The comparison results indicate that the dynamic similarity is in good agreement, but the kinematic similarity is not as well as dynamic similarity. In some small regions, the kinematic similarity may not perform well, but, in most regions, the kinematic similarity is still in good agreement. Figure 7 shows the influence of kinematic similarity differences on the turbine efficiency evaluations. The parameter difference in percentage terms is defined as (valueair − valueR245fa)/valueR245fa. Based on the similarity criteria deduced in Section 2, the relative flow angle in the rotating domain in the air conditions are larger than those in the R245fa conditions. For most conditions, the simulated efficiencies in the air conditions are also larger. When discussing the relationship between kinematic similarity criteria difference and efficiency difference, the trend line indicate that the increase of kinematic similarity criteria differences may lead to the slight increase of turbine efficiency difference, but the effect is limited. In general, the similarity criteria can be good enough for the similar operating condition calculation from R245fa to air.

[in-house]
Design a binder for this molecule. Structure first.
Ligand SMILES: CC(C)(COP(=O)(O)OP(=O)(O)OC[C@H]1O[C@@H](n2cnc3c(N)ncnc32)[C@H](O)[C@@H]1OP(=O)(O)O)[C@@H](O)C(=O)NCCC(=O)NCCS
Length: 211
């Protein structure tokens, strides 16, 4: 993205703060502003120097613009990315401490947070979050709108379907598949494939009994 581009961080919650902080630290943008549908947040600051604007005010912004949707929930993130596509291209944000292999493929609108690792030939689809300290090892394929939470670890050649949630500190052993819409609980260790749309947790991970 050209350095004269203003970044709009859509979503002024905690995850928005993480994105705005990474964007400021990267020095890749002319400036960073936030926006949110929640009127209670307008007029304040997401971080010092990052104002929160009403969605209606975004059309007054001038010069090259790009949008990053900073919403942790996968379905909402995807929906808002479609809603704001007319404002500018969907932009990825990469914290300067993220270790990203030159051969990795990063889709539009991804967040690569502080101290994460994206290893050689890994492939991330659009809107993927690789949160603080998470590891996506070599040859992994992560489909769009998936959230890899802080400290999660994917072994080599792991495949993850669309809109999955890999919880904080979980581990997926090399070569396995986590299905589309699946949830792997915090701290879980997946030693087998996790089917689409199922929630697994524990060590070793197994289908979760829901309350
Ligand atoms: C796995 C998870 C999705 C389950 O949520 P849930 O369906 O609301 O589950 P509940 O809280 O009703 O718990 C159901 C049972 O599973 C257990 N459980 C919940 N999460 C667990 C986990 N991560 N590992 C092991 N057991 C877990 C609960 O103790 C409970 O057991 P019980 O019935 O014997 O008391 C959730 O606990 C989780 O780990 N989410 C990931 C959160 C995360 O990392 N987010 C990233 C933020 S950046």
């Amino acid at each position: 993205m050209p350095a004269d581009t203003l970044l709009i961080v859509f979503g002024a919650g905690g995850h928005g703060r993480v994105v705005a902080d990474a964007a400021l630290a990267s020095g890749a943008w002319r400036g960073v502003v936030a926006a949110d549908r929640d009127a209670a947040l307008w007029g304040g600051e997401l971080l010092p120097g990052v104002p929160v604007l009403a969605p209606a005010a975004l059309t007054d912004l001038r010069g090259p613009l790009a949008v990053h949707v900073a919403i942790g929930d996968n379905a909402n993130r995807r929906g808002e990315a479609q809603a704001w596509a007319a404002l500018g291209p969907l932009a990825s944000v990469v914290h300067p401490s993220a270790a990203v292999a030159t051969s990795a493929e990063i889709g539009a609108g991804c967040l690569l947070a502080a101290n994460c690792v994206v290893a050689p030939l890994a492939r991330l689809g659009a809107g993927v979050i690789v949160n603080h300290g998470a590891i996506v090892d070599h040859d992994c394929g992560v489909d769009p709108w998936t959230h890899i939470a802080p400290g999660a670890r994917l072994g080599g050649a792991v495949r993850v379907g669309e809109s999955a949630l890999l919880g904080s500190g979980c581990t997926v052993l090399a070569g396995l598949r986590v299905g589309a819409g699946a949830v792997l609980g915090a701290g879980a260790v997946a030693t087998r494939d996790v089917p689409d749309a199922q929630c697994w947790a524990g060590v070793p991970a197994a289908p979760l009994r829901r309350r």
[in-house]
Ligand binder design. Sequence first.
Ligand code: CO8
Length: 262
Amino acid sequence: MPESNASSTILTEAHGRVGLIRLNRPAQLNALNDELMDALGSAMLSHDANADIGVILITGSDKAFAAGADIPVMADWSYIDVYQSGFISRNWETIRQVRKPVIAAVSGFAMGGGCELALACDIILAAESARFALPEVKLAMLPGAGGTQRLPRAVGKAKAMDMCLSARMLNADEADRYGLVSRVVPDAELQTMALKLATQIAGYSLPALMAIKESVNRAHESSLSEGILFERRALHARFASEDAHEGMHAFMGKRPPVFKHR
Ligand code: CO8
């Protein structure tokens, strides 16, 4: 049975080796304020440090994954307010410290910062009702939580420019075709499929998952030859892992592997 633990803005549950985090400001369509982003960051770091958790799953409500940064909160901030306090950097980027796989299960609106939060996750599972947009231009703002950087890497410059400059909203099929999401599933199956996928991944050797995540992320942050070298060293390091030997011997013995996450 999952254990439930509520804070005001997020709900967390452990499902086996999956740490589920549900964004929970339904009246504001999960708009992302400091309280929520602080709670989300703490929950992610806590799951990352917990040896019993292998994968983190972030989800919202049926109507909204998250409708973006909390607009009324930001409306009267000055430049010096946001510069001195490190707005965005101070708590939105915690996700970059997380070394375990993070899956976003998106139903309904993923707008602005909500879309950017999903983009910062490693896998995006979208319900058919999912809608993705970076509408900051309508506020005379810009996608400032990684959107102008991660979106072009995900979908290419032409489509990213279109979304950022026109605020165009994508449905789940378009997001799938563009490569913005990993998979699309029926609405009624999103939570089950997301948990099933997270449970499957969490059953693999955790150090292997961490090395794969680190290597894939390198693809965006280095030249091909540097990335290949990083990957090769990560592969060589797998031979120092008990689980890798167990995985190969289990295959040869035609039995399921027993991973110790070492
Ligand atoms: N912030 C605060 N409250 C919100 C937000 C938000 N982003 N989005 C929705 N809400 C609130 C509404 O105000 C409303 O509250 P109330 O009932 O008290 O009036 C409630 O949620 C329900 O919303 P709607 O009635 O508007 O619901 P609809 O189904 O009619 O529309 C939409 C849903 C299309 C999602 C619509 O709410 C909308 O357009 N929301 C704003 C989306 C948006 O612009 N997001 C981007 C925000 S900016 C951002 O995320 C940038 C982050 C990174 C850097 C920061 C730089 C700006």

Several reduced and non-dimensional parameters are very important when analyzing a turbine performance. They are total-to-static pressure ratio, reduced rotating speed, reduced mass flow rate, and total-to-static isentropic efficiency. Based on the similarity criteria deduced, all these turbine performance parameters, except isentropic efficiency, are mainly related to three characteristic parameters, which are turbine compressibility coefficient Π6 and working fluid properties, including specific heat ratio κ and gas constant R. The relationship between pressure ratio and characteristic parameters is shown in Equation (10). The other two relationships are shown below:
N r e d u c e d = N T i n 2 κ κ 1 R ( 1 Π 6 1 κ )
m r e d u c e d = m T i n p i n 2 κ κ 1 1 R ( 1 Π 6 1 κ )